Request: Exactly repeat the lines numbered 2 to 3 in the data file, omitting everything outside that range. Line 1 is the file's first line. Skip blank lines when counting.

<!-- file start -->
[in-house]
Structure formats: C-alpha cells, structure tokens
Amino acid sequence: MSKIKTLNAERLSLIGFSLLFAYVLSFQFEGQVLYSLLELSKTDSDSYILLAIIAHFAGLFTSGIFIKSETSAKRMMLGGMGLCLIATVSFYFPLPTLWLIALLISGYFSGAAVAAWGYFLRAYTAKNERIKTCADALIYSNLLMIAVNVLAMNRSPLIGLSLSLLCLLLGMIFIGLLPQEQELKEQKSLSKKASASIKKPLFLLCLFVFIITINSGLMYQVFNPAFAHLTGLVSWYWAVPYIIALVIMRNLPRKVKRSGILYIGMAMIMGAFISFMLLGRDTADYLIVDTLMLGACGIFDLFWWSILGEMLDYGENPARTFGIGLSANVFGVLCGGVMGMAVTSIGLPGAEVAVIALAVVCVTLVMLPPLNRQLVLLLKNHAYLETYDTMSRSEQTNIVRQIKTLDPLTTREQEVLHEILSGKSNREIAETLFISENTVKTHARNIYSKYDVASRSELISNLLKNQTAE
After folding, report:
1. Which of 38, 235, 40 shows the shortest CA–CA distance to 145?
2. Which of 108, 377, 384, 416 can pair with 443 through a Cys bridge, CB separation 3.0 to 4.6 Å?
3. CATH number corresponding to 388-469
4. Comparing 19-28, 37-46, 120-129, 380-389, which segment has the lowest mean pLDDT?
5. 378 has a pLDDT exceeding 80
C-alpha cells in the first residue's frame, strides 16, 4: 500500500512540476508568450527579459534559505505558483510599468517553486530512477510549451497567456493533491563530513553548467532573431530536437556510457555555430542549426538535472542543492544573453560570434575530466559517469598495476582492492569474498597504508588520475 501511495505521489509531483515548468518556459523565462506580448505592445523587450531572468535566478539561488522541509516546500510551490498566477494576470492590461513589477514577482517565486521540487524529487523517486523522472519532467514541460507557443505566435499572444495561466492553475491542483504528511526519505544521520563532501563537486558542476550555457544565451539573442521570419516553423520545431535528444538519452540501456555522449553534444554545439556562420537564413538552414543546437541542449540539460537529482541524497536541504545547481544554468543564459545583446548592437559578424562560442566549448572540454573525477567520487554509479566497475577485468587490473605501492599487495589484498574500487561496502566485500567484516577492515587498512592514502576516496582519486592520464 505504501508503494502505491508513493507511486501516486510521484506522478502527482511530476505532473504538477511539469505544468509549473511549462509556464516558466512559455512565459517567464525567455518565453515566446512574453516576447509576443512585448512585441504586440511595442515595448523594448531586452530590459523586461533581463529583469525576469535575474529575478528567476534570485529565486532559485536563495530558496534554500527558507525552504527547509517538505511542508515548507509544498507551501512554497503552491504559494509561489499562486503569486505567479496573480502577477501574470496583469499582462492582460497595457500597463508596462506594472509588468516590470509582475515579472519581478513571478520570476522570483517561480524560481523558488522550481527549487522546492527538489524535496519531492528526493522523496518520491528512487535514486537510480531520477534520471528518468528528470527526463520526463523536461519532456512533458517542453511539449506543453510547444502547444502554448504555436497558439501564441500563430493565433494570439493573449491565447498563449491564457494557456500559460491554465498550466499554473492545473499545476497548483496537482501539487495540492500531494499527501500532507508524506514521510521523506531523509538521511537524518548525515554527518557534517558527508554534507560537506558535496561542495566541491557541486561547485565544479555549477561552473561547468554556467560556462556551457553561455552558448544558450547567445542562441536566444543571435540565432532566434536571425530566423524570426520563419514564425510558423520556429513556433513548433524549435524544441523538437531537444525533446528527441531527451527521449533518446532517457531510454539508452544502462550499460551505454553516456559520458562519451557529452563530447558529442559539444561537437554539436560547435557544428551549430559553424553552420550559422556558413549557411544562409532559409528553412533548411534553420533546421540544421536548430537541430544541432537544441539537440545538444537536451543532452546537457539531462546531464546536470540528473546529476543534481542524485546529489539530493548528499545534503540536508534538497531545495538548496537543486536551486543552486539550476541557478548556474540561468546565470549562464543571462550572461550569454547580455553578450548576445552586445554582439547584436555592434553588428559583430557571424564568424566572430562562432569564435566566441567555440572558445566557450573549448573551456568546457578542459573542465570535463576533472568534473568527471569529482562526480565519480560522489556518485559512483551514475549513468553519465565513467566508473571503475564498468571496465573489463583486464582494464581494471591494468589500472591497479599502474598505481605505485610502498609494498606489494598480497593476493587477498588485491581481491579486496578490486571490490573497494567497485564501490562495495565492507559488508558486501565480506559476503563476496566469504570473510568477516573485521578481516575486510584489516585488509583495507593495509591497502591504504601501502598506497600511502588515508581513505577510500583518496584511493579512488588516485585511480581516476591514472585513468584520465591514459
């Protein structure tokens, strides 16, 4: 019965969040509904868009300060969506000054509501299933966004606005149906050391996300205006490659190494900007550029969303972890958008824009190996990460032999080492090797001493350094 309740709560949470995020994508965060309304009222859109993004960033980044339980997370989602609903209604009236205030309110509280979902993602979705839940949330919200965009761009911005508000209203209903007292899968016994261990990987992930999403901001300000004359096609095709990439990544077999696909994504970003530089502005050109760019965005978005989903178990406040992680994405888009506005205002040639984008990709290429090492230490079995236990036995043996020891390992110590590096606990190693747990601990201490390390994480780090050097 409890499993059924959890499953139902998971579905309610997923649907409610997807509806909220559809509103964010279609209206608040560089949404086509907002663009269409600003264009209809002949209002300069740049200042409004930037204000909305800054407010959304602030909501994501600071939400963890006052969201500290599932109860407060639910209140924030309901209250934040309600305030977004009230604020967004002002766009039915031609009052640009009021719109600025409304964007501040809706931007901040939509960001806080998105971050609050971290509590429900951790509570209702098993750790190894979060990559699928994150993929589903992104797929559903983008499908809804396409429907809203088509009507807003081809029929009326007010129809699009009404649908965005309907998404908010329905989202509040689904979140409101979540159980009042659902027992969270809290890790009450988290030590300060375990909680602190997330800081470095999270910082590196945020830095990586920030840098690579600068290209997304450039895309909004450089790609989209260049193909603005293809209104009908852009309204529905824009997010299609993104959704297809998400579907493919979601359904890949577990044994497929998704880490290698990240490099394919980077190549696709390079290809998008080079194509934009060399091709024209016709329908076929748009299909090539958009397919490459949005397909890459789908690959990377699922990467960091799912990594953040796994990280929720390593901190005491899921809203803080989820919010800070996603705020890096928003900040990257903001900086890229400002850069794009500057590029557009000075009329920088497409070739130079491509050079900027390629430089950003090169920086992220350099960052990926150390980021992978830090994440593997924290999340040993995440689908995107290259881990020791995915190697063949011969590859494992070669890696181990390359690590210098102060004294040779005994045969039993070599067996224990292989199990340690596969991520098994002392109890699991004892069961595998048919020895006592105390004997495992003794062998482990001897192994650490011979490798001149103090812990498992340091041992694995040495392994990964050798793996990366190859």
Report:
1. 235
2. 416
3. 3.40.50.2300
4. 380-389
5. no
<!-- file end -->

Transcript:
Structure formats: C-alpha cells, structure tokens
Amino acid sequence: MSKIKTLNAERLSLIGFSLLFAYVLSFQFEGQVLYSLLELSKTDSDSYILLAIIAHFAGLFTSGIFIKSETSAKRMMLGGMGLCLIATVSFYFPLPTLWLIALLISGYFSGAAVAAWGYFLRAYTAKNERIKTCADALIYSNLLMIAVNVLAMNRSPLIGLSLSLLCLLLGMIFIGLLPQEQELKEQKSLSKKASASIKKPLFLLCLFVFIITINSGLMYQVFNPAFAHLTGLVSWYWAVPYIIALVIMRNLPRKVKRSGILYIGMAMIMGAFISFMLLGRDTADYLIVDTLMLGACGIFDLFWWSILGEMLDYGENPARTFGIGLSANVFGVLCGGVMGMAVTSIGLPGAEVAVIALAVVCVTLVMLPPLNRQLVLLLKNHAYLETYDTMSRSEQTNIVRQIKTLDPLTTREQEVLHEILSGKSNREIAETLFISENTVKTHARNIYSKYDVASRSELISNLLKNQTAE